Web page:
What Inspired the Splinter Supercar?

This project was inspired by a WWII airplane called the “de Havilland Mosquito.” Made almost entirely out of wood, the plane was equipped with two Rolls-Royce V12 engines and was supposedly the fastest piston-driven plane of its era.

 

To learn more about this project:

Watch this feature by Inventing the World.

 

Visit the official website of Joe Harmon Design.

Following the early construction process.

American Cherry: Stunning for Centuries

Cherry has long been used for traditional heirloom furniture and other collectables. And these days, you can see cherry used in a wide variety of other applications as well. It is often used in architectural joinery, furniture, cabinets, flooring and musical instruments.

American cherry has superior woodworking qualities. It is light, yet strong, relatively stiff, and rather hard. Dimensionally stable once dried, Cherry turns well, is easily machined and also works beautifully with hand tools. The wood can be easily glued and holds screws well.

The smooth texture and satiny grain stains beautifully with exceptional results. Cherry’s color darkens with age and exposure to direct sunlight. A newly completed project may often be mistakenly identified as another wood because it appears much lighter than expectations.

To see some more beautiful ways that American cherry is used, you can view all of the cherry photos in the gallery of wood.

 

 

Types of Wood: Comparing American Hardwoods, Softwoods and Tropical Hardwoods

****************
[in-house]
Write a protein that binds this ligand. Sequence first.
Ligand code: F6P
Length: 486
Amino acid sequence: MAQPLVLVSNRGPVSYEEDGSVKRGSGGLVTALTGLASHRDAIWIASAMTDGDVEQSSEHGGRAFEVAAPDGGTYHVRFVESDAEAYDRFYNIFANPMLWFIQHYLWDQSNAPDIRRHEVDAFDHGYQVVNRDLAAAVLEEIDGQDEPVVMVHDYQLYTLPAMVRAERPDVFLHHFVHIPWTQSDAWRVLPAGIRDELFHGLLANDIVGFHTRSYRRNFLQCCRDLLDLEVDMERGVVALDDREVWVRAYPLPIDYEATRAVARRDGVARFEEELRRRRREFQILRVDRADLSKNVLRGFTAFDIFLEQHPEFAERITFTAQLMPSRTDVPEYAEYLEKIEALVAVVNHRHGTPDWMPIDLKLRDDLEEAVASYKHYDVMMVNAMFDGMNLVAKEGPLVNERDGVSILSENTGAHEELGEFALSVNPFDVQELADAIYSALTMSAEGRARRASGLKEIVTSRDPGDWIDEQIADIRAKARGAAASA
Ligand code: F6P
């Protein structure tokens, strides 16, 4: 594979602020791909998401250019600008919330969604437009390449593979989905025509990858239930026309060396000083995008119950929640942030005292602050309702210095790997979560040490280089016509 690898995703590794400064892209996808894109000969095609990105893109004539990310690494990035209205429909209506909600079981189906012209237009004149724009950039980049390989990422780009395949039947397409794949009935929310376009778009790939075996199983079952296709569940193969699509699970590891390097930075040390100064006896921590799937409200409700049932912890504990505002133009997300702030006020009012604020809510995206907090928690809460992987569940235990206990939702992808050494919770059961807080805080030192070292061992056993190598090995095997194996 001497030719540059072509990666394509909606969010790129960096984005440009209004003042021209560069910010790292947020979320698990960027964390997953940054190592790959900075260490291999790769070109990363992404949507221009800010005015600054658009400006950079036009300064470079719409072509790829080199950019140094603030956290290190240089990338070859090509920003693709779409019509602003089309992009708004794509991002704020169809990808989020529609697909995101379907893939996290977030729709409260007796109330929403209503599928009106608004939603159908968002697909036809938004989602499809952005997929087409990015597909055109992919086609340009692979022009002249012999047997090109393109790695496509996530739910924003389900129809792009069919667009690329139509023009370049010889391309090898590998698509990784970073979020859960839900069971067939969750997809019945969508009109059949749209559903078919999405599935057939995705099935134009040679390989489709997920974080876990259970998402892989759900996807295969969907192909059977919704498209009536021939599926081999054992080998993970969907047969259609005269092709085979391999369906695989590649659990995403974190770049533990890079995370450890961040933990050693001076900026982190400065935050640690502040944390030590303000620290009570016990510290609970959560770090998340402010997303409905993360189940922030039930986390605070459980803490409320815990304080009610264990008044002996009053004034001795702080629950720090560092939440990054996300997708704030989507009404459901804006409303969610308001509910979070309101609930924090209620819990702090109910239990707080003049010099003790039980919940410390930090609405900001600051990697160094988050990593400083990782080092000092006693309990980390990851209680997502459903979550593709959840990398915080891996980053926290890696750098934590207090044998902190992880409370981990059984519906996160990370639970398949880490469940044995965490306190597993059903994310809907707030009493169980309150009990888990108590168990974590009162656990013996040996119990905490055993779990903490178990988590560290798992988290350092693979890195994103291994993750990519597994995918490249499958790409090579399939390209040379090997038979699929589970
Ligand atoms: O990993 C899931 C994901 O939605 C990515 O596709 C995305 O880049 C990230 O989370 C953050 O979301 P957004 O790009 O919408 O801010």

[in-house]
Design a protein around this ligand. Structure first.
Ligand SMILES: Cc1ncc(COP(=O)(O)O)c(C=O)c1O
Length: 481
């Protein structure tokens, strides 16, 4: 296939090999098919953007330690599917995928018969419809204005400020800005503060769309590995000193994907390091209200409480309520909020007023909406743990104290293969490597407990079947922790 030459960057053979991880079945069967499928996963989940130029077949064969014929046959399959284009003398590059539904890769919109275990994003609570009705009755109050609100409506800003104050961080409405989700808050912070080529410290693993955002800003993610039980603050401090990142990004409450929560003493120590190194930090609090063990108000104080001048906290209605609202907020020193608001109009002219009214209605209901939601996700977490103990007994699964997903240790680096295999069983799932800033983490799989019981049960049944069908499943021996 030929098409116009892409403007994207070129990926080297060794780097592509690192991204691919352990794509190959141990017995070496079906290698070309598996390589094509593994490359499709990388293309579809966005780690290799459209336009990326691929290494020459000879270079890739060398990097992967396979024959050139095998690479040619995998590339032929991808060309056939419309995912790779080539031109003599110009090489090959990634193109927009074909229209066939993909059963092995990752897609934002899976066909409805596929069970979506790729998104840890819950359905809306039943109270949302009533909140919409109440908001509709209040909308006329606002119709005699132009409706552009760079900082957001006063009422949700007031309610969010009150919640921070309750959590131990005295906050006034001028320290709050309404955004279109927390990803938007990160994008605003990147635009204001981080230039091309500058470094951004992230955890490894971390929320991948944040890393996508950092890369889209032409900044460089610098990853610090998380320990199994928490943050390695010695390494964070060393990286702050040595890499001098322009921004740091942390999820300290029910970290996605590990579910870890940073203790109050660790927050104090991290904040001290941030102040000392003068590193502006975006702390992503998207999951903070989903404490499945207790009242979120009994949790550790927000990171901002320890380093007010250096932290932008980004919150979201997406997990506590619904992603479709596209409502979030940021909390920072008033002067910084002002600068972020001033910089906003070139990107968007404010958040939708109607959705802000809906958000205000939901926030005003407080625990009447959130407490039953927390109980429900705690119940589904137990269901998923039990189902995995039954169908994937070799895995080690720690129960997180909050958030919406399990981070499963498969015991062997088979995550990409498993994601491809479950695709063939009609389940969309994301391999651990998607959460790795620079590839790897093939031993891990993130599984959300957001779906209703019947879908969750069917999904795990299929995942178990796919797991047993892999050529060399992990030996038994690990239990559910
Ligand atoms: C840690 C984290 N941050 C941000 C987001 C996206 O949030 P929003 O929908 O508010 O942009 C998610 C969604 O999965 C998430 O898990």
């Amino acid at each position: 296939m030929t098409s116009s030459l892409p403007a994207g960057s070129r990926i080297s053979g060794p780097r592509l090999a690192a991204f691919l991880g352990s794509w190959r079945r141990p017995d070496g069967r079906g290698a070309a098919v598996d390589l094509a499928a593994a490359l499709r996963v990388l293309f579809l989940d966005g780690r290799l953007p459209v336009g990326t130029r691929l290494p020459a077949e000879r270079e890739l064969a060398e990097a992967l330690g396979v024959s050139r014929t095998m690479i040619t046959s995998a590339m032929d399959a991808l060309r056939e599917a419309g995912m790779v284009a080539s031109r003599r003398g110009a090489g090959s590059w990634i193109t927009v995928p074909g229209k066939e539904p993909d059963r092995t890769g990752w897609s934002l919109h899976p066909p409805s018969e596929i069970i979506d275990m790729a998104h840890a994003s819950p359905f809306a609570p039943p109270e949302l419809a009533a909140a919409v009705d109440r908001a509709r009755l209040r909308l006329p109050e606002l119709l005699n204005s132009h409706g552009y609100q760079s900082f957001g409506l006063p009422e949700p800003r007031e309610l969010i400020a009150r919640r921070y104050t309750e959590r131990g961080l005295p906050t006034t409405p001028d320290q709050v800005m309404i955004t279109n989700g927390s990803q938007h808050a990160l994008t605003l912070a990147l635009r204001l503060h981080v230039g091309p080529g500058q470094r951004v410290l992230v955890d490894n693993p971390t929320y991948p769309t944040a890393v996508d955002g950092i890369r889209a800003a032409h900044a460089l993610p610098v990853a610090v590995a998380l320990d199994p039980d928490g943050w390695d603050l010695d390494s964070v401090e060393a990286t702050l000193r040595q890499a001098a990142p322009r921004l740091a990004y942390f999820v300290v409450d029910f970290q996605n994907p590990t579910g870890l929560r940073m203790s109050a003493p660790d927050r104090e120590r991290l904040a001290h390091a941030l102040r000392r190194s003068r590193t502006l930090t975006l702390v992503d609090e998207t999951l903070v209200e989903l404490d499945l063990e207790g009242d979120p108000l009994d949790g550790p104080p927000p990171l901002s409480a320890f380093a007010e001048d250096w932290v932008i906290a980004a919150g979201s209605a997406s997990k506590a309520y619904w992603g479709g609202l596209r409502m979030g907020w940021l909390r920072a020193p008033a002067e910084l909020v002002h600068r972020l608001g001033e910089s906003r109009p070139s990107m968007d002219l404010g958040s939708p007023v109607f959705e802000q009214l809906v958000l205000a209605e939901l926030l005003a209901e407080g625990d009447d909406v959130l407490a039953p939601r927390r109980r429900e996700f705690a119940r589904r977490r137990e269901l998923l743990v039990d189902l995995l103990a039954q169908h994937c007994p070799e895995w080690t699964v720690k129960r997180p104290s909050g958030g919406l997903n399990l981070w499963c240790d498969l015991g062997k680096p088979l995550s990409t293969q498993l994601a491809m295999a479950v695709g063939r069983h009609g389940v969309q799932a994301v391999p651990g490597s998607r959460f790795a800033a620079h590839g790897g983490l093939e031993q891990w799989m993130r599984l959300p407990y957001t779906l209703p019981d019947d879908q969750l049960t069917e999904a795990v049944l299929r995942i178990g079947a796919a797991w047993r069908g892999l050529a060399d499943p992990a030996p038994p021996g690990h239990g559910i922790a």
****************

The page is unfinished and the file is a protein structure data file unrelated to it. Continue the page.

Wood products are known for their natural beauty, but when selecting a type of wood for your next cabinetry, flooring, furniture or millwork project, it is important to also consider the level of durability by understanding the difference between wood types. Each type and species of wood has an individual cellular structure that creates unique physical properties that determine suitability for different uses. For example, the hardness of woods varies widely, so certain hardwood species are not recommended for flooring because they are not hard enough to withstand heavy wear and tear.

The following offers a brief comparison of American hardwoods, softwoods and tropical hardwoods and their appropriate applications:

American Hardwoods
Hardwoods are deciduous trees that have broad leaves, produce a fruit or nut and generally go dormant in the winter. North America’s forests grow hundreds of varieties that thrive in temperate climates, including red oak, white oak, ash, cherry, hard maple, hickory and poplar.  For a more detailed list of commercially available woods in the United States, refer to our species guide. Each species can be crafted into durable, long-lasting furniture, cabinetry, flooring, millwork and more. Each offers unique markings with variation in grain pattern, texture and color.

Softwoods
Softwoods or conifers, from the Latin word meaning “cone-bearing,” have needles rather than leaves. Widely available U.S. softwood trees include cedar, fir, hemlock, pine, redwood and spruce. In a home, softwoods primarily are used as structural lumber such as 2x4s and 2x6s, with limited decorative applications. Woods such as white pine and cypress do break those rules and are treated in the lumber industry similar to hardwoods.

Tropical Hardwoods
Tropical Hardwoods, including mahogany, rosewood, teak and cocobolo, are not native to North America. They grow in the tropical forests of the world and are imported for use in the United States. Many tropical hardwoods are used for exterior applications where outdoor durability is important. However, many tropical hardwoods are also be used for interior applications, including flooring and woodworking projects. The color, grain pattern, hardness and luster of many imported woods differ from those of American hardwoods.

Visit the Species Comparison Guide to determine what woods would best suit your project needs.